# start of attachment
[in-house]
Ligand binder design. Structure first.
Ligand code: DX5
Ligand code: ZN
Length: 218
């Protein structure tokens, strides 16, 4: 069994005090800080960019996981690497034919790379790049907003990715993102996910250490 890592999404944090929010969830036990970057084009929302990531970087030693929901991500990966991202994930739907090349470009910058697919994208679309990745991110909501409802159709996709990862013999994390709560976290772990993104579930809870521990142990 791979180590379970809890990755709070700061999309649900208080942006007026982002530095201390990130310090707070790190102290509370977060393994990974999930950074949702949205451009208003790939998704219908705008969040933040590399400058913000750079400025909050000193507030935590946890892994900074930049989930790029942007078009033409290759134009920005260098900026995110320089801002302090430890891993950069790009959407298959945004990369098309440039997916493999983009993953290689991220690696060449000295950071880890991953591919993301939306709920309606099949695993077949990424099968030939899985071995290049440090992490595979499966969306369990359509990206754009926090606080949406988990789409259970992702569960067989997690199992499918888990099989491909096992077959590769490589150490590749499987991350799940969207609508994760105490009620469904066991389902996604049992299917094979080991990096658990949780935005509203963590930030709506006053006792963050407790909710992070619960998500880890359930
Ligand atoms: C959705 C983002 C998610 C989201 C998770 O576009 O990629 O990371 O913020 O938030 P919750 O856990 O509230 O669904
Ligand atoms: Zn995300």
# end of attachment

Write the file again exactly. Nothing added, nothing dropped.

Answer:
[in-house]
Ligand binder design. Structure first.
Ligand code: DX5
Ligand code: ZN
Length: 218
């Protein structure tokens, strides 16, 4: 069994005090800080960019996981690497034919790379790049907003990715993102996910250490 890592999404944090929010969830036990970057084009929302990531970087030693929901991500990966991202994930739907090349470009910058697919994208679309990745991110909501409802159709996709990862013999994390709560976290772990993104579930809870521990142990 791979180590379970809890990755709070700061999309649900208080942006007026982002530095201390990130310090707070790190102290509370977060393994990974999930950074949702949205451009208003790939998704219908705008969040933040590399400058913000750079400025909050000193507030935590946890892994900074930049989930790029942007078009033409290759134009920005260098900026995110320089801002302090430890891993950069790009959407298959945004990369098309440039997916493999983009993953290689991220690696060449000295950071880890991953591919993301939306709920309606099949695993077949990424099968030939899985071995290049440090992490595979499966969306369990359509990206754009926090606080949406988990789409259970992702569960067989997690199992499918888990099989491909096992077959590769490589150490590749499987991350799940969207609508994760105490009620469904066991389902996604049992299917094979080991990096658990949780935005509203963590930030709506006053006792963050407790909710992070619960998500880890359930
Ligand atoms: C959705 C983002 C998610 C989201 C998770 O576009 O990629 O990371 O913020 O938030 P919750 O856990 O509230 O669904
Ligand atoms: Zn995300």